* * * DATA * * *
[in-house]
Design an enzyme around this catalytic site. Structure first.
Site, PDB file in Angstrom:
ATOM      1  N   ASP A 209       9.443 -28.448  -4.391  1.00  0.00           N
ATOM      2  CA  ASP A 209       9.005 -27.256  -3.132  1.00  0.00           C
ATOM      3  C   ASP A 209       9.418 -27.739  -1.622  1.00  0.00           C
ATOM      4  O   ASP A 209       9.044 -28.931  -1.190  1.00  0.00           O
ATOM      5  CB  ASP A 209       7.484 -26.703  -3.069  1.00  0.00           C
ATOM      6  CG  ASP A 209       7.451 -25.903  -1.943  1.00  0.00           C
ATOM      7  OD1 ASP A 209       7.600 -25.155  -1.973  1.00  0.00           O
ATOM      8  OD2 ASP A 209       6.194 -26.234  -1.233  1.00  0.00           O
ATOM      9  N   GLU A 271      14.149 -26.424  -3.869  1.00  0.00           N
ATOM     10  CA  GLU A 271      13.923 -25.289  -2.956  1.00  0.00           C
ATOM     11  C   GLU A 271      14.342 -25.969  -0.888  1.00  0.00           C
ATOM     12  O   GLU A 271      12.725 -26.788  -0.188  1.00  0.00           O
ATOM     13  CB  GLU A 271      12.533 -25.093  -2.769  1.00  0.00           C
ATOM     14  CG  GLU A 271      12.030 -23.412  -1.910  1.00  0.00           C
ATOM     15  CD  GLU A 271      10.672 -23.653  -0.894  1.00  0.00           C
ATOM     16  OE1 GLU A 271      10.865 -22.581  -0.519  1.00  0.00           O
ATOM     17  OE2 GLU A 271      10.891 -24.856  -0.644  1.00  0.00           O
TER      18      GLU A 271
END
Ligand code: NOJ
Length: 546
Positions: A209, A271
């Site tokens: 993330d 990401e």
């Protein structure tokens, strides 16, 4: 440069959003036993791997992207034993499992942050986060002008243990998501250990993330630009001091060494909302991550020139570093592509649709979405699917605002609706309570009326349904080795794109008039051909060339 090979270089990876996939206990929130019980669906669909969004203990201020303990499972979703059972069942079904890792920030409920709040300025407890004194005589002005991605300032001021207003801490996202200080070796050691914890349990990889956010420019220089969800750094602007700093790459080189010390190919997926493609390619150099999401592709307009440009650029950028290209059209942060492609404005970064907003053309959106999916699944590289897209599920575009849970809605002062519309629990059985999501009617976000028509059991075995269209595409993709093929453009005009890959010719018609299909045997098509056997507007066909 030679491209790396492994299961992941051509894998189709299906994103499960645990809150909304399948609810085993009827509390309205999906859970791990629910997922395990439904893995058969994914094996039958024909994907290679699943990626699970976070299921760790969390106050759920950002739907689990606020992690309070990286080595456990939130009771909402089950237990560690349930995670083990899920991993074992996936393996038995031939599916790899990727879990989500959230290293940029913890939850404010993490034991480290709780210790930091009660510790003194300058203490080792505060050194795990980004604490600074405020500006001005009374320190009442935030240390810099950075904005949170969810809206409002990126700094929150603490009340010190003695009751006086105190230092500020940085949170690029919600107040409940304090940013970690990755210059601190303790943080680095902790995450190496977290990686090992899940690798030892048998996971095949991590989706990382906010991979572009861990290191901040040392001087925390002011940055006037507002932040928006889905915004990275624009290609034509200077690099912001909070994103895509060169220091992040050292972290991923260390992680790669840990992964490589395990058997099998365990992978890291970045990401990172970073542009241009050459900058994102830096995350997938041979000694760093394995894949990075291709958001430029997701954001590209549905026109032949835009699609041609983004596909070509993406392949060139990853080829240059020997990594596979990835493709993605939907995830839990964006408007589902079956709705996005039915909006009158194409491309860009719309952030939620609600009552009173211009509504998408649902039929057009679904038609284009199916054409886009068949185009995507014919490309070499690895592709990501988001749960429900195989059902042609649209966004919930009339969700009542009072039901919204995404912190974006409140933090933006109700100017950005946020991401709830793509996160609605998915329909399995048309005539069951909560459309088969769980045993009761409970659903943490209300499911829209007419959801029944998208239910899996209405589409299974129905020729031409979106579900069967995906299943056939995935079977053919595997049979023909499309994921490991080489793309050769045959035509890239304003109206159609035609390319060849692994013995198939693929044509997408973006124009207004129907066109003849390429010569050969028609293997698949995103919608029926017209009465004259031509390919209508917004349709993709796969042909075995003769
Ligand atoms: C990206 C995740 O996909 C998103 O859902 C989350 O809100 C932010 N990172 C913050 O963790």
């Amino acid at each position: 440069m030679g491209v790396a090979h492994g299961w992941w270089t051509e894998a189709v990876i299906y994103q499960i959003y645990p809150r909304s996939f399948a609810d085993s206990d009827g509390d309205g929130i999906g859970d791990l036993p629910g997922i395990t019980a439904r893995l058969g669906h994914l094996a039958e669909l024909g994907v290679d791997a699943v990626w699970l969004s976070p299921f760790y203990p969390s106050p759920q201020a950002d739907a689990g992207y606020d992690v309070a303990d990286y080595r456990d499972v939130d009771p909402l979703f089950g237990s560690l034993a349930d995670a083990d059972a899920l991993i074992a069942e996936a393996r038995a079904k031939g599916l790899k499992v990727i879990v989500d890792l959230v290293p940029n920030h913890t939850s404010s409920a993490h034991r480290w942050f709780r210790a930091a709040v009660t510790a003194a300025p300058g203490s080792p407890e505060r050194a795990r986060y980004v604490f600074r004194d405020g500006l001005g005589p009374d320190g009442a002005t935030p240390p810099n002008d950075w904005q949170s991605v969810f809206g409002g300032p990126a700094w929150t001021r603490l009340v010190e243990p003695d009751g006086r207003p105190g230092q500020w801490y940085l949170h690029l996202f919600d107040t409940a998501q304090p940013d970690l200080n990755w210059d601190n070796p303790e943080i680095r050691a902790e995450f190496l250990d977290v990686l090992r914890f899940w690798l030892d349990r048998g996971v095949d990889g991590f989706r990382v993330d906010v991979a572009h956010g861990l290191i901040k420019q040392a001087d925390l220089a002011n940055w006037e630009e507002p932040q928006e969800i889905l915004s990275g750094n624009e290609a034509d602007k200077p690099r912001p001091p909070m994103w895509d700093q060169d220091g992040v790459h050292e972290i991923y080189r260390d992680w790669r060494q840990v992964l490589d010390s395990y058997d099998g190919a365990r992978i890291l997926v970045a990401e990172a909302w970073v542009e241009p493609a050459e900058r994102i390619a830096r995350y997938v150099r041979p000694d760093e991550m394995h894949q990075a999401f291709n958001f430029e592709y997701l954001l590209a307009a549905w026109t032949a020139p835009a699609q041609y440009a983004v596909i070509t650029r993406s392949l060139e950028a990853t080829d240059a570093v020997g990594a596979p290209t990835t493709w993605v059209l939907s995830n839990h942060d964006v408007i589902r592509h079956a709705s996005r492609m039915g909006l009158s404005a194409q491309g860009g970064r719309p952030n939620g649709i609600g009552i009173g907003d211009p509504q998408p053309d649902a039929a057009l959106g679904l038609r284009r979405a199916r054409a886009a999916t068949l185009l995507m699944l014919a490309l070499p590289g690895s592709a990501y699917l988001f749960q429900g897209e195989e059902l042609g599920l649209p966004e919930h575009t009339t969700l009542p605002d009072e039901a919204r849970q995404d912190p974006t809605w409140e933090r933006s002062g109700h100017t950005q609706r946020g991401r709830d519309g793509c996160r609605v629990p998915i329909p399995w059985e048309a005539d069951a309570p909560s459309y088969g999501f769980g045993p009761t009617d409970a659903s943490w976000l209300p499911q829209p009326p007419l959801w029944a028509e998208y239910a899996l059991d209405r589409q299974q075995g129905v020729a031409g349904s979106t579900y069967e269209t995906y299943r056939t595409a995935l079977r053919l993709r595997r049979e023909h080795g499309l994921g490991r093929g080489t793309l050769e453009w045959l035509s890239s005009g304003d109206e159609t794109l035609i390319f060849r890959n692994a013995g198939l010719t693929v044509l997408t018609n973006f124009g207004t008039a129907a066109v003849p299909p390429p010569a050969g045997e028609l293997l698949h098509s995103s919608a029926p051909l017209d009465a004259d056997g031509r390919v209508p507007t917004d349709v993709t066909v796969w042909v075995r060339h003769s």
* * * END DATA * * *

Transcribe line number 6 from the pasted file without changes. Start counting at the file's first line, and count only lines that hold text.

ATOM      3  C   ASP A 209       9.418 -27.739  -1.622  1.00  0.00           C